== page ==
Tuesday, July 12, 2016

A GeoGame success story

Back in 2012 I asked where the great location based games were. http://osu-geogames.blogspot.com/2012/03/where-are-great-location-based-games.html, and I could only the speculate about how such a game would change things. Then last year when I first heard about the coming of Pokemon Go, I told friends that this would be a smash hit. Not just because of the popularity of the game, but because the nice fit of the game mechanics with geolocation, mobility and motion-detection, now supported by most cellphones. Now, despite a launch riddled by unresponsive/overloaded game servers, it is clear to me that this will help the general public realize what GeoGames can offer in terms of entertainment, and maybe also as a way of discovering and learning about the real world. Remember, Pokemon Go hails from Ingress and uses much of the same data such as portal locations. Seeing that my own neighborhood gyms was right at the Ingress portals peaked my interest for how those portal locations were determined (never really played Ingress), so I found this great information on the Ingress support pages. So don't be surprised if you find yourself training your Pokemons at cool/popular local spots with educational/historical value! Behold the power of GeoGames as educational.
We now learn from this WSJ article that a pizza place in NYC saw a big uptick in business after providing some in-game power-ups at their location, which apparently attracted a lot of players to their restaurant. Clearly this business opportunity will not be squandered by Niantic, who will soon be introducing sponsored locations rather than just those generated from the old Ingress map. This is yet another example of how current day mapping is as much about real world representation as it is about buying a place on the map.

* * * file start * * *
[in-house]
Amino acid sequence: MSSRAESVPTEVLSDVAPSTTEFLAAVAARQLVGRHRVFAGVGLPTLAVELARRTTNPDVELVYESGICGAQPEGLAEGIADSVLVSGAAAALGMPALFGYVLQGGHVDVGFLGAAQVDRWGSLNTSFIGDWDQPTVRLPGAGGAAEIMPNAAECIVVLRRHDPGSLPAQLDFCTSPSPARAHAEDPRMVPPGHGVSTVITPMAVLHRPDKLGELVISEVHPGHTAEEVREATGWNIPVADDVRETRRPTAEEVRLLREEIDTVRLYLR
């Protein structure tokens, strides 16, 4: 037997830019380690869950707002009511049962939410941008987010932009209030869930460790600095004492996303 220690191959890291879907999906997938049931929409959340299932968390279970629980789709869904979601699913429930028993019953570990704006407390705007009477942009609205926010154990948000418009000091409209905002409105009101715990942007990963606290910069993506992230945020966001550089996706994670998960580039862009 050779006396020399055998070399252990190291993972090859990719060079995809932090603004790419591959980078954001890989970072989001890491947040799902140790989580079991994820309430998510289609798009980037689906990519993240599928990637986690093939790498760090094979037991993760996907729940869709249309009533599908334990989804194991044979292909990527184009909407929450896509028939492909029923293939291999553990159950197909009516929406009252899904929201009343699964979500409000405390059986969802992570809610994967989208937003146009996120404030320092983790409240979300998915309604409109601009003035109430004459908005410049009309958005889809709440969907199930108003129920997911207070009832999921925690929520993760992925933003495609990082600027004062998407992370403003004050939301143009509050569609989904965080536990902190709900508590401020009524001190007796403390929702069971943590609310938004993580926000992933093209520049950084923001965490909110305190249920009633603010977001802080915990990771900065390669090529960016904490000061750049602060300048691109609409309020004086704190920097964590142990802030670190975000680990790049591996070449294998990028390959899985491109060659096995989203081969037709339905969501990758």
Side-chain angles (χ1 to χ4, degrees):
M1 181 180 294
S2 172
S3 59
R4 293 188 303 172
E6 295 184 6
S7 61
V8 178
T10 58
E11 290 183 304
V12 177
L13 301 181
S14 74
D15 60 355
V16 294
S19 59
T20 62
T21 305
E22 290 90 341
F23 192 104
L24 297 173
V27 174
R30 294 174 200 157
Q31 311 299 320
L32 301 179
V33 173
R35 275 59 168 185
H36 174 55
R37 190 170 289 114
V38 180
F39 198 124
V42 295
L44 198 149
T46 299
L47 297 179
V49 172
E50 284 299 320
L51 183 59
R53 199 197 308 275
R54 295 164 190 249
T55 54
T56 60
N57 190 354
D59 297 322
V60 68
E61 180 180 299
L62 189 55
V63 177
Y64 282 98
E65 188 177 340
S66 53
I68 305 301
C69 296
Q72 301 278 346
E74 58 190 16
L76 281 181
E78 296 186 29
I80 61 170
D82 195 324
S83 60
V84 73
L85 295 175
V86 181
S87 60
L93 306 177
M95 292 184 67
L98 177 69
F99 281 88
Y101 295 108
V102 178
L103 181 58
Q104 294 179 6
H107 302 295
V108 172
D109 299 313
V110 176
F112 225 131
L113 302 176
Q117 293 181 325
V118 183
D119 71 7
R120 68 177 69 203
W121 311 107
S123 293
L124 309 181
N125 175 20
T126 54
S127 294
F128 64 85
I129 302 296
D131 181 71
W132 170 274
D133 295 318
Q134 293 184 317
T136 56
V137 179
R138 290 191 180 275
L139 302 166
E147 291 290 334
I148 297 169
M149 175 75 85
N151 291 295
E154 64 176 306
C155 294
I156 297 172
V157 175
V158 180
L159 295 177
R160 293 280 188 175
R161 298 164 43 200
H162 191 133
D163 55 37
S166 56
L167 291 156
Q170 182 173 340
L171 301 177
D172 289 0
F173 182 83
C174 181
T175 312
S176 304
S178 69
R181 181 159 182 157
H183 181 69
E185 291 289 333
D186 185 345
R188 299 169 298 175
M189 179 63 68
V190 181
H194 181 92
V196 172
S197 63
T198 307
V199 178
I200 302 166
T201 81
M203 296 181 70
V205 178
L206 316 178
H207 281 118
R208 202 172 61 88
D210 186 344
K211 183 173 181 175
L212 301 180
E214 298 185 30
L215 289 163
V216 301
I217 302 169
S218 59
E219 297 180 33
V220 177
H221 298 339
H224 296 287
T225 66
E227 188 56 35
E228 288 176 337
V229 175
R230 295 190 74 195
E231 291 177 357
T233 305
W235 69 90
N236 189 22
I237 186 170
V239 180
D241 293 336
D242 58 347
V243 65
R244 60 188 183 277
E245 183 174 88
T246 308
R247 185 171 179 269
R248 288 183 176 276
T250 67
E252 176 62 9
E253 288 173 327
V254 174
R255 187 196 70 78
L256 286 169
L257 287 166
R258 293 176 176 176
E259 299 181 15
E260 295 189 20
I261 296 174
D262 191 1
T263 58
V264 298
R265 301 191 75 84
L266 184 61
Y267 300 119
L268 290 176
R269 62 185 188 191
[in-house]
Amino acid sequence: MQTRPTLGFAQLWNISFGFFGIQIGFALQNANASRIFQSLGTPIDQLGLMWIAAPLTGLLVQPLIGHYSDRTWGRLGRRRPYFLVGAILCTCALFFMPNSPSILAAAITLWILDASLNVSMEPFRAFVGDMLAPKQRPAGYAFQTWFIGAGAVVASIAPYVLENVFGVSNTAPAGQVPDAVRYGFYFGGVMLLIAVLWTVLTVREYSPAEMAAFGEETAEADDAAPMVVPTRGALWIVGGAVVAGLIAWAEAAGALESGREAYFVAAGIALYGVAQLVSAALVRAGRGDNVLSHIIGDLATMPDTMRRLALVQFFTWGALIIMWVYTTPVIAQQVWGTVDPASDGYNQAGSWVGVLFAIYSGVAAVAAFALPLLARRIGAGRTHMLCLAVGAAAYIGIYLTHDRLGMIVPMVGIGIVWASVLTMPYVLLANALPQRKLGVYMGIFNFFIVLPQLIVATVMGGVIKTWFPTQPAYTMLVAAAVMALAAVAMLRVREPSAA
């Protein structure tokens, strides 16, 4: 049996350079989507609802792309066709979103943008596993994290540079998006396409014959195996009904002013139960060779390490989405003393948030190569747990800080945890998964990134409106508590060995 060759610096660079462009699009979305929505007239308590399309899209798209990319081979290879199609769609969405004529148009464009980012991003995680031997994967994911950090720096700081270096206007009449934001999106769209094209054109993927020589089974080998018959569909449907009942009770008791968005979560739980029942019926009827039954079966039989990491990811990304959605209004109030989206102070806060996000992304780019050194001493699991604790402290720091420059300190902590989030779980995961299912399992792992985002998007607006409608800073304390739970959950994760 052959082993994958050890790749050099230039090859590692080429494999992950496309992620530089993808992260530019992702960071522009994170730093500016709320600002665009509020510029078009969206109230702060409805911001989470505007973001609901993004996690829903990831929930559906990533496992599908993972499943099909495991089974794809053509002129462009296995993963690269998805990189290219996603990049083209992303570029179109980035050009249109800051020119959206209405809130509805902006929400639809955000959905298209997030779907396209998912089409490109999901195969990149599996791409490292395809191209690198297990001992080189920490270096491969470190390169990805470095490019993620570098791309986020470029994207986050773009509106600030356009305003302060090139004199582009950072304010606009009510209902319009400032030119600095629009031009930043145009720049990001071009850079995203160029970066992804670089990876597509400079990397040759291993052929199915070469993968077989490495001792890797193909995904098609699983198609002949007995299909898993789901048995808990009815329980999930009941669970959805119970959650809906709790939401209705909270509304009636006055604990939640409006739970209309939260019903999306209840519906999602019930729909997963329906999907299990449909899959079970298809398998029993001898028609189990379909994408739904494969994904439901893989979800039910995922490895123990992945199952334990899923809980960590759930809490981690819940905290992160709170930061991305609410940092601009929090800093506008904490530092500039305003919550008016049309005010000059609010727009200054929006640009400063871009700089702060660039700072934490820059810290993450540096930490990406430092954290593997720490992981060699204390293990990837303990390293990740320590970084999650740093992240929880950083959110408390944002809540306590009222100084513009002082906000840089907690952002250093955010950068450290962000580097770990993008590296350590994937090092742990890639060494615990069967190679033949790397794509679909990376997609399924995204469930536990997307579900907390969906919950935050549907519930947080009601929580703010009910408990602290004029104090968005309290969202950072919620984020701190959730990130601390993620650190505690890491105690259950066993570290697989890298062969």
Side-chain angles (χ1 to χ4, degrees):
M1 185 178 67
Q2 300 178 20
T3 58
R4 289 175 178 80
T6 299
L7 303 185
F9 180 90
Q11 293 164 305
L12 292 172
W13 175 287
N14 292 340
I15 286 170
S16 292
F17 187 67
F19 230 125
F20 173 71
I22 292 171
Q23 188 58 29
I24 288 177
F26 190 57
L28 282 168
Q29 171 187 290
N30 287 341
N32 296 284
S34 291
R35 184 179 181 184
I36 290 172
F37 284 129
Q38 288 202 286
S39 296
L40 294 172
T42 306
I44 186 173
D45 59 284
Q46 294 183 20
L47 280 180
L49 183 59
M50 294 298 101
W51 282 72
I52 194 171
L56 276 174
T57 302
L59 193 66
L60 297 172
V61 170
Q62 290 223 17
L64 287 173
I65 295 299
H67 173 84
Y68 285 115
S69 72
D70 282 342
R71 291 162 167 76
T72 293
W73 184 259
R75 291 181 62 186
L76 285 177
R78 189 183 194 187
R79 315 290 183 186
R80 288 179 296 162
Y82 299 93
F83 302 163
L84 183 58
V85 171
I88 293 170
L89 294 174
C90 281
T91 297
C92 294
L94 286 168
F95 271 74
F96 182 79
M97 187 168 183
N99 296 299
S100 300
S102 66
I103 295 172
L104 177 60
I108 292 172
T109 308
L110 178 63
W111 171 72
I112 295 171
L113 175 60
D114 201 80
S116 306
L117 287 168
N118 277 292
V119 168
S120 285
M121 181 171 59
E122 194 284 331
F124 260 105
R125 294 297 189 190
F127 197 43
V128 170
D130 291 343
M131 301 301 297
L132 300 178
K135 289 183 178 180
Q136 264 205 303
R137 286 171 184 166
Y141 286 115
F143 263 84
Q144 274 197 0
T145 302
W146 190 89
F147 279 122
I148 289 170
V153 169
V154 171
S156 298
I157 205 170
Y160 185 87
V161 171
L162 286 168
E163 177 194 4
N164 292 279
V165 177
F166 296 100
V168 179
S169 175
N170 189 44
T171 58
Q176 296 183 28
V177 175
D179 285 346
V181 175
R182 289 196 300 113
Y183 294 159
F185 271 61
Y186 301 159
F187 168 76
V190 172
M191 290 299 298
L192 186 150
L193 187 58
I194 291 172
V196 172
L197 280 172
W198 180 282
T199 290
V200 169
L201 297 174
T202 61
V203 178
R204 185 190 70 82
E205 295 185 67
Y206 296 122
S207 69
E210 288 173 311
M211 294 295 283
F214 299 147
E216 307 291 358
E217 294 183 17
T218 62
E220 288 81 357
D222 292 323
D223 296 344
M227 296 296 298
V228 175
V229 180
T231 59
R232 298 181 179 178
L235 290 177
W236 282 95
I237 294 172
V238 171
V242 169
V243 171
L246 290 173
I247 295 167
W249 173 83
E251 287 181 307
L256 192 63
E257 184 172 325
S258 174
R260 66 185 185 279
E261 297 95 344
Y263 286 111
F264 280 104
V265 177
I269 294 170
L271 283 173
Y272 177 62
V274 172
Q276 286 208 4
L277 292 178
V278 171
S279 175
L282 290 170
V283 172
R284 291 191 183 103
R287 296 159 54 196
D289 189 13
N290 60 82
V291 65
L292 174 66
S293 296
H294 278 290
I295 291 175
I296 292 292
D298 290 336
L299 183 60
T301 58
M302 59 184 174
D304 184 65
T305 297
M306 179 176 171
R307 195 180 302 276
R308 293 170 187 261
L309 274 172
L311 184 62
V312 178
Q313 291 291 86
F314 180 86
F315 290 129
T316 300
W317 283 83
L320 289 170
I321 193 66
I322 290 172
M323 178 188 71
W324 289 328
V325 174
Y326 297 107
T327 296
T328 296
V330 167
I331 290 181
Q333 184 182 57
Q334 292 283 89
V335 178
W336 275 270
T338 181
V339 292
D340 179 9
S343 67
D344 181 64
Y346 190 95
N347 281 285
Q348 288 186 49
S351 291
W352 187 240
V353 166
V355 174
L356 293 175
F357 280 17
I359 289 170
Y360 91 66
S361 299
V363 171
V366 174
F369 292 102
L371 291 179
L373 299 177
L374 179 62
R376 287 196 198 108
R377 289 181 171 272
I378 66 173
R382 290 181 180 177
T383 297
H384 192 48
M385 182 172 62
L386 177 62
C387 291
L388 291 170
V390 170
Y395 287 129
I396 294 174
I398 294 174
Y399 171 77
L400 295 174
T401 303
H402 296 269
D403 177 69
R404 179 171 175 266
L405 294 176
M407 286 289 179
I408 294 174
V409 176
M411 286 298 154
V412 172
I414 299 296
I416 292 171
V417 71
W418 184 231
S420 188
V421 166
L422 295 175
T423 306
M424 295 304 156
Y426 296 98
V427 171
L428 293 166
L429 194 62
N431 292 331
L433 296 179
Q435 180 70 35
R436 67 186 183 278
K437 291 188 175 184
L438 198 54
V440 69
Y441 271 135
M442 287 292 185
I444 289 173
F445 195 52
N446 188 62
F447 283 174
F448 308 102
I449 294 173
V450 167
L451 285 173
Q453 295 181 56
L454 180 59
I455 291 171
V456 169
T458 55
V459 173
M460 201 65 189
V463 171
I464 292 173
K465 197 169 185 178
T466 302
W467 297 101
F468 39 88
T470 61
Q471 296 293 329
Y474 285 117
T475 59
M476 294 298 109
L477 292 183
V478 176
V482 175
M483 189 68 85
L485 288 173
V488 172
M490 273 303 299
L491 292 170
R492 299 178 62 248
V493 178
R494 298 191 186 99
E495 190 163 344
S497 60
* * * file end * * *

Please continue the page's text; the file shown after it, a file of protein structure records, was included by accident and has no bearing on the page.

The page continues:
As for the game mechanics, I must say that I was a bit disappointed that I was not supposed to use my phone's motion detection ability to gesture an actual throw to capture a Pokemon. I was also hoping for more P2P interactions beyond the portals and other hubs. It would be cool to be notified of another trainer I your vicinity ready to fight, pull up your phone and see their avatar overlaid on their actual persona, and engage in a exchange. Oh well, maybe that's for v.2. For now, big thanks to Niantic/Google and Nintendo for bringing GeoGames to the public!

Thursday, March 10, 2016

Designing games of science - a meandering and complex path

A short yet insightful look into the complex task of designing good science learning games is provided by Elizabeth Pennisi in this recent working life piece for Science . She describes her own meandering path of to become a scientist and game designer, driven by an urge to help students learn biology. I can relate to the difficulties she describes of having to navigate a very interdisciplinary environment where you need at least four radically different lines of expertise in subject matter, game design, technology, and learning science.